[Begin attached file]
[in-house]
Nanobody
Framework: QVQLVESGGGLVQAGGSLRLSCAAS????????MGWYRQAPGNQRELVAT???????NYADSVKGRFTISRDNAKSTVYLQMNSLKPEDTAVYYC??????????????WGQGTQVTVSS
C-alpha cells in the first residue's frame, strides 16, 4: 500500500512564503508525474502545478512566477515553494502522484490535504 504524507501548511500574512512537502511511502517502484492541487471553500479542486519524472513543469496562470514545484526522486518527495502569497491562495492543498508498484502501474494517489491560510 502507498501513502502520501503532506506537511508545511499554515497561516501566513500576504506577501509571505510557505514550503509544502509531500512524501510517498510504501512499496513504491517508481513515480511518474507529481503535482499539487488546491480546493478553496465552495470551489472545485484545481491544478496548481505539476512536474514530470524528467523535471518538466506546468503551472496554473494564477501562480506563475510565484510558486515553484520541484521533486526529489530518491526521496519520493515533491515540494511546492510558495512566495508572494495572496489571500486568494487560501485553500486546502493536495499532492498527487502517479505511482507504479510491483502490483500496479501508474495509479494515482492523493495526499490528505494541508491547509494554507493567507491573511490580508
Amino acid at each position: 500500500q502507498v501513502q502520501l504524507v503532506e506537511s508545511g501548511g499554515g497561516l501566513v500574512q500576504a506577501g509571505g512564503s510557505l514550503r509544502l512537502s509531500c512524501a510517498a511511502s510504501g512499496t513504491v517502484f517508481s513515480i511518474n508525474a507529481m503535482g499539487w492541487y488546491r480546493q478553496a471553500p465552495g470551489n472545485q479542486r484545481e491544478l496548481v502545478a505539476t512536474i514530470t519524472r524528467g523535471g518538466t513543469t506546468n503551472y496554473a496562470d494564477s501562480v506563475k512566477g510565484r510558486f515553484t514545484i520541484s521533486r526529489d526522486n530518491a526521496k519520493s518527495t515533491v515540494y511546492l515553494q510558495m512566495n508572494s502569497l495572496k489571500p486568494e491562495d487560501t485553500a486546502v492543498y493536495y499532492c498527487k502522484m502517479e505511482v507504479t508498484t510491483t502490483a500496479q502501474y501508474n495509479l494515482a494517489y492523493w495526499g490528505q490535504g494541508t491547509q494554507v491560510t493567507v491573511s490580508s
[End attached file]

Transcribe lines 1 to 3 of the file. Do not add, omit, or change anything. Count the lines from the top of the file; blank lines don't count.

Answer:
[in-house]
Nanobody
Framework: QVQLVESGGGLVQAGGSLRLSCAAS????????MGWYRQAPGNQRELVAT???????NYADSVKGRFTISRDNAKSTVYLQMNSLKPEDTAVYYC??????????????WGQGTQVTVSS